Springboks coaches explain why ‘Ireland have been the best team in the world’

Jared Wright
Former Springboks head coach Jacques Nienaber, an image of Johnny Sexton and coach Felix Jones.

The coaches explain Ireland's success and how it differs from South Africa.

Rugby World Cup-winning Springbok coaches Rassie Erasmus, Jacques Nienaber and Felix Jones have revealed what they think has made Ireland such a successful team.

The trio of coaches worked together at Munster before Erasmus and Nienaber returned to South Africa to lead the Springboks and later recruited Irishman Jones to join their coaching staff.

After successfully leading the Springboks to back-to-back Rugby World Cup titles, Nienaber returned to Ireland and joined Leo Cullen’s staff at Leinster while England recruited Jones.

More skilful the All Blacks?

In another snippet from the interviews not used in the Chasing the Sun 2 documentary series, the trio explained what they believed made Ireland such a force in World Rugby, with Andy Farrell’s side claiming a Six Nations Grand Slam in 2023 and entering the World Cup as the number one ranked side.

South Africa and Ireland clashed in the pool stages of the World Cup in France last year, and with the second episode of Chasing the Sun 2 focusing on that match, Jones spoke highly of his fellow countrymen.

“The Irish players are incredibly skilful, probably up there with New Zealand, if not surpassing New Zealand now with their skill,” Jones says in the Betway exclusive clip.

“And I think they’ve developed so much depth and so many world-class players in a number of positions, and are not just reliant on one or two guys.”

The luxury the Springboks have that Ireland don’t

Erasmus and Nienaber then explain the dynamics of the Irish Rugby set-up and how it differs from South Africa.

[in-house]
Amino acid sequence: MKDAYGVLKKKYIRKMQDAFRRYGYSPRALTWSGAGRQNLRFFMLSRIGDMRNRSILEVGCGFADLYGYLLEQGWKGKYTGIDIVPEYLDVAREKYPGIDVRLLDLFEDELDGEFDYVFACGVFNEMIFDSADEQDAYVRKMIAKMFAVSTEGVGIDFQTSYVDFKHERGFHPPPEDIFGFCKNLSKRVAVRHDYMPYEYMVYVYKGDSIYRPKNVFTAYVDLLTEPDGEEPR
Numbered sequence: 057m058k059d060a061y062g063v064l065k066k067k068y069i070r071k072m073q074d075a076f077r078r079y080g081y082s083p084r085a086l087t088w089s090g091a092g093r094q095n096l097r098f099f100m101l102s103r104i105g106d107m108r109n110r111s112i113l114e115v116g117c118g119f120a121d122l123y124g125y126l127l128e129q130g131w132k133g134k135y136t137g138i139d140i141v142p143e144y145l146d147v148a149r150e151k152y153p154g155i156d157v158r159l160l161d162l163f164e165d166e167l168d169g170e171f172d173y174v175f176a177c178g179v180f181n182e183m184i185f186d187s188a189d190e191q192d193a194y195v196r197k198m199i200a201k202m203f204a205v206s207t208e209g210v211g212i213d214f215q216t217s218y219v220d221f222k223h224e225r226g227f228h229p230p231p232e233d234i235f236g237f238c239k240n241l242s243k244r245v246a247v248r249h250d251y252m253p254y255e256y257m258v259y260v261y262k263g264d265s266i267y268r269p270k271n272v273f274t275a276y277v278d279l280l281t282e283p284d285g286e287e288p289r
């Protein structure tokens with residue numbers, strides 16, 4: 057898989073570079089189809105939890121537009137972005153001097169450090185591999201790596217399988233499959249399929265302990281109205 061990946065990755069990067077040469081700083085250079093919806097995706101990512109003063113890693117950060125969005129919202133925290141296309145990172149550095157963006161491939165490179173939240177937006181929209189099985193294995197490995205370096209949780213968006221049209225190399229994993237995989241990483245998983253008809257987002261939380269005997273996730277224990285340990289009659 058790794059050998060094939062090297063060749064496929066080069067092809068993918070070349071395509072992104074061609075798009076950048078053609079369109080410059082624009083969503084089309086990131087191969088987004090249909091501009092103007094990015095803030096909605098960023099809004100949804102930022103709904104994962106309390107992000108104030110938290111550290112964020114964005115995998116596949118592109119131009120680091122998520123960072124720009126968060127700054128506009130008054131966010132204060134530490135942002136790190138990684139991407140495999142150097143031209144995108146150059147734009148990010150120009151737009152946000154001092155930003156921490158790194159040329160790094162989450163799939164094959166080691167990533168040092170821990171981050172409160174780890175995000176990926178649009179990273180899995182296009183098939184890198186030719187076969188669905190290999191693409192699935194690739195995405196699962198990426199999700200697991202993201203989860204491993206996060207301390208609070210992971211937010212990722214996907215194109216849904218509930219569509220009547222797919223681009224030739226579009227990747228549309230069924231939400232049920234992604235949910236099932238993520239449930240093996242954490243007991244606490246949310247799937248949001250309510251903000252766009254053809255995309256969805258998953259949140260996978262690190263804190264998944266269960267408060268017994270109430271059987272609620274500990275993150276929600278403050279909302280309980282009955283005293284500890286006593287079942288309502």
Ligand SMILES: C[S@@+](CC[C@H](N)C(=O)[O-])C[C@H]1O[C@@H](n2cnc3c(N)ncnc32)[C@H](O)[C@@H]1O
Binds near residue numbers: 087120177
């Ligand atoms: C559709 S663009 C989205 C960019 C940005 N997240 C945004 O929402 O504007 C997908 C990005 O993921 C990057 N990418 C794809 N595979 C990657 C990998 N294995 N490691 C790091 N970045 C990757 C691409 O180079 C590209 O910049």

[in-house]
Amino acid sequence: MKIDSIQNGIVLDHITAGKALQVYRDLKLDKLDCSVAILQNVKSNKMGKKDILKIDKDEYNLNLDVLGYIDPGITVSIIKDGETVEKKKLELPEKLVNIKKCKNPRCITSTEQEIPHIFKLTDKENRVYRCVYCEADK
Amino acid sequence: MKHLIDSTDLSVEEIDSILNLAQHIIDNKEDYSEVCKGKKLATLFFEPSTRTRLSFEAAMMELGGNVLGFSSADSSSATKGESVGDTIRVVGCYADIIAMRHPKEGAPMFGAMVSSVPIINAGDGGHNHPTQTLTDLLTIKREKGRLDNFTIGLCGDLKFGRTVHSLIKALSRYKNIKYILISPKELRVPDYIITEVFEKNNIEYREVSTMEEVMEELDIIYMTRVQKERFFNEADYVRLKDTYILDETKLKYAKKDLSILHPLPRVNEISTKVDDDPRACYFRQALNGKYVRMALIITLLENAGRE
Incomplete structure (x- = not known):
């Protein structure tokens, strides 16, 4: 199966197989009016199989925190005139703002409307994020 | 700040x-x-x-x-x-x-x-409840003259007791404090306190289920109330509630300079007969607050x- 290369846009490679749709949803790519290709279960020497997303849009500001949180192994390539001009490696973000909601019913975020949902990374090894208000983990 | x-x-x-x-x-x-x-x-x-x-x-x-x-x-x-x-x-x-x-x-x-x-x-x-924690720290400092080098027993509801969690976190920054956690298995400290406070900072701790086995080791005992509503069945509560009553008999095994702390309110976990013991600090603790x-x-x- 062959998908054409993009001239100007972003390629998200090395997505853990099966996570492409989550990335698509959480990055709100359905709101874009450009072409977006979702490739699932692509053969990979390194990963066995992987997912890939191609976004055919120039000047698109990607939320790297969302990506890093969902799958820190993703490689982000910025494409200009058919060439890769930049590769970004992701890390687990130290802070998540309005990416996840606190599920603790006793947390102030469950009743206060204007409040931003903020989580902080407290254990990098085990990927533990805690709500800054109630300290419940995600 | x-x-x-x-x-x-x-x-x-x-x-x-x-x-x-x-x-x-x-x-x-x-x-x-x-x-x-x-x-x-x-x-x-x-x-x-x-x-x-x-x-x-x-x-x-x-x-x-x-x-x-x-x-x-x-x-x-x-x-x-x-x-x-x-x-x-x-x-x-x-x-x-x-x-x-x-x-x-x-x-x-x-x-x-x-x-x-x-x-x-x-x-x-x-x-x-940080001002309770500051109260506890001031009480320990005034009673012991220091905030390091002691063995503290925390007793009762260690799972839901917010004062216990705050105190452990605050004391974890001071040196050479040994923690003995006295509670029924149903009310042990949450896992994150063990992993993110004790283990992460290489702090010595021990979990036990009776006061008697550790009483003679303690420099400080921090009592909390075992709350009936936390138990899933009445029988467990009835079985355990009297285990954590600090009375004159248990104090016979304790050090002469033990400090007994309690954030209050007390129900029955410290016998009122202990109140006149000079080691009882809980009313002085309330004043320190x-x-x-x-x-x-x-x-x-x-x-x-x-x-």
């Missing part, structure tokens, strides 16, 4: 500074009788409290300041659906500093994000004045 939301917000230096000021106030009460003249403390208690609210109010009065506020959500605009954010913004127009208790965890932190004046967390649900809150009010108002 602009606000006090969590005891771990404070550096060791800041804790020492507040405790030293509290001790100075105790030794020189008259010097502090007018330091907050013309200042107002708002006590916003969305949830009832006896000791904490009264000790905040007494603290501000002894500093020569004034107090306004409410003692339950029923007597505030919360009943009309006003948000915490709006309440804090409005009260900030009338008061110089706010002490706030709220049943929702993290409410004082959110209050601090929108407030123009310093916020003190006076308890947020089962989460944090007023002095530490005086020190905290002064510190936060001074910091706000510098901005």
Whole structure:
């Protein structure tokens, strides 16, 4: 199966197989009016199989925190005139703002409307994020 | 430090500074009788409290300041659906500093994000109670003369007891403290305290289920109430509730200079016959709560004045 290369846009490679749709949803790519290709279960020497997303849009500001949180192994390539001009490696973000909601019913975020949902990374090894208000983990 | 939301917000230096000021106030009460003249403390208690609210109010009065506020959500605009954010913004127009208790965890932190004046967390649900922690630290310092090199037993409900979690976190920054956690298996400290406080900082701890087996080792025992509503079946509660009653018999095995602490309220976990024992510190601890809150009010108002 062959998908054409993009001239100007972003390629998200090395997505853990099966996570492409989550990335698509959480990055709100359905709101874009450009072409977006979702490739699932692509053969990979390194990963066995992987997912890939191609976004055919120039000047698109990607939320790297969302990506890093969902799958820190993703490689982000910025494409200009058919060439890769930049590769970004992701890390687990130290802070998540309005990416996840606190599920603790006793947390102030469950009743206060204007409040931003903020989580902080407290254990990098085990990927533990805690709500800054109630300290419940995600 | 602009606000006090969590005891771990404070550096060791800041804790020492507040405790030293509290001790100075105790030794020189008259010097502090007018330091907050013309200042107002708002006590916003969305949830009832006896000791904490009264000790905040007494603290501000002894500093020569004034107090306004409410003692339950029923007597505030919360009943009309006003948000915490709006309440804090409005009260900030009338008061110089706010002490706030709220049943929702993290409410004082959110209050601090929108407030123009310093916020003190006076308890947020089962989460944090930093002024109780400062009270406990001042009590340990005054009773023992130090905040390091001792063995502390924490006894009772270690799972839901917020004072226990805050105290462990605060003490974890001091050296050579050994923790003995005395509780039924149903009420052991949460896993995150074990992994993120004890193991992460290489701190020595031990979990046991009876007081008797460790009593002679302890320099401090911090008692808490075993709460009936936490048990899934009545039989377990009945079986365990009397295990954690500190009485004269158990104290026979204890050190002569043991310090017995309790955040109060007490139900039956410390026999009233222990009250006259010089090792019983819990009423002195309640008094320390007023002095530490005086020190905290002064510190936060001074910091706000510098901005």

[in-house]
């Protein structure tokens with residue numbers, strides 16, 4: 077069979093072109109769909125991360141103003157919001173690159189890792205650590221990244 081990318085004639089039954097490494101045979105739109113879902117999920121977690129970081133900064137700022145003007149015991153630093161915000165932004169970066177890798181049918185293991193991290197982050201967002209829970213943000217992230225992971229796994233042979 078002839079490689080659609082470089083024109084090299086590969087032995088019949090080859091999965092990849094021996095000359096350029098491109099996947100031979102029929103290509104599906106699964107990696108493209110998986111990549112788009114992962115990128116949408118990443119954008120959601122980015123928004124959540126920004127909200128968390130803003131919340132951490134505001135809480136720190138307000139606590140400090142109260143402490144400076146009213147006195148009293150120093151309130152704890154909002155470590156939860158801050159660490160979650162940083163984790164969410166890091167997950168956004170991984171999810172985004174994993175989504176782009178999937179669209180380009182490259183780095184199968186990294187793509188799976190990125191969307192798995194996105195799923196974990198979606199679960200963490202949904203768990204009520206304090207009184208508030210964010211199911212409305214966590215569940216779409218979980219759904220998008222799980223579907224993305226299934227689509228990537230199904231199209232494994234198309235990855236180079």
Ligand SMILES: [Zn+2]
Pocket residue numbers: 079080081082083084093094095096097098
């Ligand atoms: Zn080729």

“Ireland’s biggest thing is they’ve got four provinces and not a lot of rugby players,” Erasmus said.

“The Irish team is, I would say is 70 or 80 per cent Leinster and Leinster plays together in the URC and the Champions Cup. It’s not new guys that you have to bring together and have to coach every single time; half the team that will come here now [the World Cup] or when we play them in June will be Leinster-based players.”

Nienaber added: “I think they’ve got 160 contracted rugby players, we [Springboks] have 400 or 600 professional rugby players.

“So we have the luxury that when a player struggles with the catch pass, or he struggles to pass to his left, you kind of work with him a little bit but if he doesn’t get better, here’s a new prodigy coming through so we just select him and that guy is out again.

“So that’s the first thing, they [Ireland] do precision farming.”

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Having played and coached in the Irish structures, Jones knows the set-up in detail.

“The pathways in Ireland are really well developed, they’re really streamlined, they’re really efficient, and guys come through as really complete players with really rounded skill sets,” he explained.

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Maximising their potential

But Nienaber believes that is partly down to the level of detail the coaches give to their players.

“The thing that probably struck me the most when I was in Ireland was the amount of detail that they will coach the players,” the former Bok head coach said.

“It is microscopic detail, when I was here in South Africa before I went there, I didn’t go into a tenth of the depth of detail and microscopicness that they would.”

Jones concluded: “They are maximising all of their possible strengths. So, I think that’s probably why Ireland have been the best team in the world over the last two or three seasons.”

While Ireland would go on to claim a narrow 13-8 victory over South Africa in the pool stages of the World Cup, they would not be able to progress past the quarter-finals for the first time in the tournament’s history.

They succumbed to a 28-24 defeat at the hands of New Zealand but bounced back in 2024 to claim another Six Nations title.

Farrell’s charges will head to South Africa this July for a highly anticipated two-Test match series against the back-to-back World Cup winners.

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